One method uses the price-to-earnings ratio, or P/E ratio. This simple metric is produced by dividing share price by the amount of earnings per share. If the stock is earning a relatively high profit compared to its share price, investors using this method feel that it is cheap and undervalued. New investors may attempt to use this ratio to find screaming hot deals without realizing that they are inadvertently increasing their risk.

There is an undeniable lure of finding low-priced stocks. Unfortunately, in the long run, they are usually anything but. One example is the semiconductor stock, Kulicke & Soffa Industries Inc. (NASDAQ: KLIC):

  • The stock recently made $2.00 per share of profit in 2010

  • Yet the share price is only $9.00 giving a price-to-earnings ratio of 4.7

  • The industry average P/E ratio is 15.3

You might immediately assume that this stock should be trading over 3x higher simply based on this one ratio.

However, stocks with abnormally low P/E ratios have been punished by investors for a number of reasons. The earnings could be erratic from year to year, or the company may be in financial distress with an increasing debt-load. It may be that the stock looks cheap based on the P/E ratio, but because of the increased risk of the unknown, investors have accounted for this volatility in the form of a lower share price.

To continue with this example, KLIC could have a low P/E ratio based on its volatile earnings, both positive and negative, over the past decade. Perhaps next quarter, the P/E will look sky-high to investors if the company reports disappointing earnings.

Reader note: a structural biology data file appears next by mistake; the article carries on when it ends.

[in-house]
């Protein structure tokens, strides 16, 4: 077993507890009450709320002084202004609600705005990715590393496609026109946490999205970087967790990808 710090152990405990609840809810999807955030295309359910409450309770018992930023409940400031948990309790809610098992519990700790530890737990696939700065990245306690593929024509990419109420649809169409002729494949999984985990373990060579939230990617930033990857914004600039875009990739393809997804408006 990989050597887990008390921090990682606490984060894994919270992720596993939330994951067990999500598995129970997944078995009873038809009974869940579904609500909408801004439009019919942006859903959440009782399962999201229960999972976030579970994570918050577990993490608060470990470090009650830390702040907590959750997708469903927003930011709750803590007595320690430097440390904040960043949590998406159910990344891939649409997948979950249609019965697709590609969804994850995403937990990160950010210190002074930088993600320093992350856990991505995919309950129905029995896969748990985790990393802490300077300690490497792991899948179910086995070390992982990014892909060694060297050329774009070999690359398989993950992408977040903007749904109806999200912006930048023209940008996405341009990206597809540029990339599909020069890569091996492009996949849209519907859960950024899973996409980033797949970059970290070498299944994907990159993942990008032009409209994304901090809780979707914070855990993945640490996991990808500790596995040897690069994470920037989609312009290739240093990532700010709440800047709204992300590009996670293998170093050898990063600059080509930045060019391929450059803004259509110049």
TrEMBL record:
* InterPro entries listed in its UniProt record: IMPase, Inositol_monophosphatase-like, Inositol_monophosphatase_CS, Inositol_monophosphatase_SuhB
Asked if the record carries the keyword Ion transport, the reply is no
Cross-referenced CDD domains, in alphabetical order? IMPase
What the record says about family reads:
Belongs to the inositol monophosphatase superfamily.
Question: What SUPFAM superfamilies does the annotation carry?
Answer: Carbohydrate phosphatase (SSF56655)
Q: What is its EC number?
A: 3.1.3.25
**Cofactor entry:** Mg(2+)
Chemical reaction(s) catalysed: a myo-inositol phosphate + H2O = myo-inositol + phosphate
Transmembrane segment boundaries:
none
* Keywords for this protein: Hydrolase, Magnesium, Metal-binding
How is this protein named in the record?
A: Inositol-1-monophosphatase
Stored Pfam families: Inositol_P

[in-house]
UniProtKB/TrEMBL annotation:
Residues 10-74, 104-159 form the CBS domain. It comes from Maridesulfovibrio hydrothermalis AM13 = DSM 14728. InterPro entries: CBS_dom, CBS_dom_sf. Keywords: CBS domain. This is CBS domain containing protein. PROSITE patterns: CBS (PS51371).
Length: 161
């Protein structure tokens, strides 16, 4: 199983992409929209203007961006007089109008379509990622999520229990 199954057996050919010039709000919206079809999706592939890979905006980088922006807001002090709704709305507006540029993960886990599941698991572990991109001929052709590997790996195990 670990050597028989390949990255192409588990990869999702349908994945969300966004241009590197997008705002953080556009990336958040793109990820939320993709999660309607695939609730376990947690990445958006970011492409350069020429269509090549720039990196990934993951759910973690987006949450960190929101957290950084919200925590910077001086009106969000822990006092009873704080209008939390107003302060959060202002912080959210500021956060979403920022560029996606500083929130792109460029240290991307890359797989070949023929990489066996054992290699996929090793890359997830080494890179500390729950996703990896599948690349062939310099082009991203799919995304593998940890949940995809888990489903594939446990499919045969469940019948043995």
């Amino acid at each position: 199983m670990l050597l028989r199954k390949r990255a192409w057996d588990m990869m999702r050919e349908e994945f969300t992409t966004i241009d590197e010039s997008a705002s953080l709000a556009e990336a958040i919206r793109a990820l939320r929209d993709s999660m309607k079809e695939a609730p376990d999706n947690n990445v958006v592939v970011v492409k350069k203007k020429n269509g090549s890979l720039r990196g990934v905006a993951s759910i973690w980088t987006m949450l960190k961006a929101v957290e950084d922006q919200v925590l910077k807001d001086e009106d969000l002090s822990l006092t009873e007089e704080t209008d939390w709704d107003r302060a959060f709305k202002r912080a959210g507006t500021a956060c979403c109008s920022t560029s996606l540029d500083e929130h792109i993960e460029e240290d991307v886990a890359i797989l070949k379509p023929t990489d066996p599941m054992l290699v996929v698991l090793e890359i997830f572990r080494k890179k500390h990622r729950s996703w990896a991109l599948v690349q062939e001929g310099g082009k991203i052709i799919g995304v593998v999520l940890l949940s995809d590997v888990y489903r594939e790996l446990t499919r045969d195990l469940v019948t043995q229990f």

This example makes it pretty clear that you need to consider other earning ratios instead of simply focusing on one ratio or number. For instance, if you compare KLIC’s share price to its cash flow per share, and then compare this to the industry average, you will find that this semiconductor stock is fairly valued. That analysts are having a hard time assessing future value is borne out by the wide range of price targets from $6 – $15.

In conclusion, when a company boasts a low P/E ratio, there is often a reason behind it which can in turn lead to added investment risk.

6. Young, High Growth Stocks Can Be Volatile

High growth stocks (or “glamor” companies as some call them) often have very volatile share prices. In addition, these stocks have volatility in another form: reported earnings. While these companies may be awarded big growth forecasts, the estimates are not always realized, increasing the downside risk to investors.

So why do high growth companies, especially young or newly listed ones, often miss earnings forecasts?

One problem lies with the overly optimistic forecasts of analysts. They see a promising new company with a great product and they put on the rose-colored glasses to give a best case scenario. They fail to consider that new businesses often have all sorts of glitches that need to be worked out.

A new or growing business might run into the following problems:

  • Financing issues

  • Not enough warehouse space to facilitate growth

  • Inadequate training for growing staff requirements

  • Lack of cash for payroll and new asset purchases

  • Inexperienced management

New companies that are aggressively expanding have many growing pains that need to be addressed, and these are often somewhat overlooked by analysts. Thus, if you buy a stock in its infancy while forecasts are highest, you might find that share prices underperform their full potential as the company has difficulty meeting overly bullish forecasts.